The storm raged for two days, delivering pounding rain, but no severe wind. We never lost electricity. It was a good thing - one twin developed a raging fever that mocked the storm outside. "There's no way in hell we can take him anywhere! What did we do back in the old days?" Charley and I asked each other. Turns out there are some things that never change - stripping a child to lower his fever, using cool compresses, making sure he drinks cool water. We took turns rocking him under an a.c. vent, and called his parents at 2 a.m. for permission to give children's Ibuprofen.

On the fifth day, Charley and I climbed into our car for the six-hour drive back to Massachusetts. We stayed awake by drinking Diet Cokes all the way. Thankfully, the twin's fever had subsided. His parents and sister had returned on a rescheduled flight. Our home in Massachusetts remained intact, along with electrical and phone lines.

I married an Irishman, my only explanation for our good fortune! Loss of electricity or damage to a house? There are some things that can be replaced, and others that can't.

Wednesday, August 17, 2011





In October, 2005, Hurricane Wilma hit south Florida. It was only thirteen months after Frances and Jeanne had hit. Wilma went across the Gulf of Mexico and hit Cozumel as a Category 5 storm, then turned around and took aim at Florida's west coast. Its eastward path would carry it across the Everglades toward Ft. Lauderdale, just below us.

Ten years before, I had relocated my parents from Connecticut to Boynton Beach, just five miles from Charley and me in Florida. In 2005 Mom was 89; Dad was 93. I had left them alone in their cinderblock house for Hurricane Frances, a Category 2. During Jeanne, almost a Category 4 storm, my mother and I had mopped up all night in their house. When Wilma bore down, I made reservations for the four of us at the Hampton Inn in Brunswick, Georgia.

My parents protested that all their neighbors were staying in their homes. After age eighty, the herd mentality took over, reminding me of a bunch of teenagers. Evacuation to a shelter was unthinkable, because of the prevalence of germs. "God knows what we'd catch! Besides, we don't want to listen to screaming children all night," Dad insisted. "We'd be on cots and wouldn't sleep at all. We need a bathroom close by and the toilets would be overflowing."

We each packed one suitcase. In addition, I'd put water, snack items, rain gear, books, lanterns, blankets, and some canned food in the car. I'd recharged my cell phone and gone through a check list for our residences. Mom brought her knitting.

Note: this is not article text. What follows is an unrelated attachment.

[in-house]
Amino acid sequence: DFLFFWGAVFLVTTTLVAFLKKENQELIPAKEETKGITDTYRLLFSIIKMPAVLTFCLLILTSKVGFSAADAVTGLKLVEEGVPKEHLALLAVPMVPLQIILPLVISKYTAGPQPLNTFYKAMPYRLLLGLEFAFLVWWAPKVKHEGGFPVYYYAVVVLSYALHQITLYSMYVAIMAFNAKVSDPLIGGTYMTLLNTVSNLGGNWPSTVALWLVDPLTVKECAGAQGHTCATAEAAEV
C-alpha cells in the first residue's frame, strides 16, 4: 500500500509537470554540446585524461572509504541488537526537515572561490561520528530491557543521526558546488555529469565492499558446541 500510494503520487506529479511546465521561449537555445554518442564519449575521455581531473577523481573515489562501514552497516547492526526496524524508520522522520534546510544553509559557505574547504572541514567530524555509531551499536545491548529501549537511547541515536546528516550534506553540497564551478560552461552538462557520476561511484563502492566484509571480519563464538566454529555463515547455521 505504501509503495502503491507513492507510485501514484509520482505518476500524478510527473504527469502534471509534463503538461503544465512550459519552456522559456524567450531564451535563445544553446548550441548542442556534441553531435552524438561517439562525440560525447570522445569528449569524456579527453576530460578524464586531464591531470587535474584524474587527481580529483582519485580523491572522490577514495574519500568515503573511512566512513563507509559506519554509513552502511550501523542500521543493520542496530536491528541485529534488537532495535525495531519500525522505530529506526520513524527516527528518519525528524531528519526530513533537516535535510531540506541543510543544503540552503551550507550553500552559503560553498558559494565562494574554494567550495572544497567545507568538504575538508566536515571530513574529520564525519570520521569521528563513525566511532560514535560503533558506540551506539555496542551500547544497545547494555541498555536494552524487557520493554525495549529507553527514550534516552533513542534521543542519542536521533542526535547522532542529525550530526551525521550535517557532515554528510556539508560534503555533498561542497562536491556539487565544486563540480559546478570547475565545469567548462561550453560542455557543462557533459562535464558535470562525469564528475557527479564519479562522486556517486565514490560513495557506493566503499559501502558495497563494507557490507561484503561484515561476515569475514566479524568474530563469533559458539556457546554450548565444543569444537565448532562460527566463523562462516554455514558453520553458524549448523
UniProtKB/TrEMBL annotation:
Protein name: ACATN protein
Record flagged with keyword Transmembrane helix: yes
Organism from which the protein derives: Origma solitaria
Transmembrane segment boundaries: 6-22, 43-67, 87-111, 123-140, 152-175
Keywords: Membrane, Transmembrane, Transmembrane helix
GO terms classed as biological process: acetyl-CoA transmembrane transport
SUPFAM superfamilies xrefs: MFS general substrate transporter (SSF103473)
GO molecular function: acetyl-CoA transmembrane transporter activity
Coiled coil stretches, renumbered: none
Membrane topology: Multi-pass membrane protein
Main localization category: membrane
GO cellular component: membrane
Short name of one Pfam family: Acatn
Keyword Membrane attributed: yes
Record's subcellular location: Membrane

On the drive up Route 95, there was dead silence from the back seat. My parents were punishing Charley and me for uprooting them from their home without just cause! At a rest stop we heard, "Bob (next-door) says this will only be a tropical storm. Why do we have to leave our house? Bob has a generator and Ann is the new block captain, with a satellite phone."

"You certainly have a lot of faith in Bob's weather predictions!" I replied. There was no point arguing.

Wilma got stuck over the Yucatan. Mom lectured, "You are a worrier, Pam, and we should never have left Leisureville. Besides, we're missing Doc Schenecke's 90th birthday party, and he came to my party last fall!" My mother the social butterfly??? She hated even going to block parties right in front of her house, especially if she had to bring a dish.

The inhabitants of the Hampton Inn that weekend were all Florida residents, driven out by caution over the storm warnings. Saturday and Sunday Charley and I listened to a litany of complaints about my parents' accommodations. The beds were too soft; there were only three T.V. stations; the toilet seats were too low (after all, they had replaced all theirs in their Leisureville house with high-rises); there was no Florida newspaper at breakfast. "Let's go shopping at the mall," I suggested.

"No thanks, I think we'll stay right here." Charley and I left them in front of the T.V.'s giant screen in the lobby.

The next day: "Why don't you both come to a matinee with us?"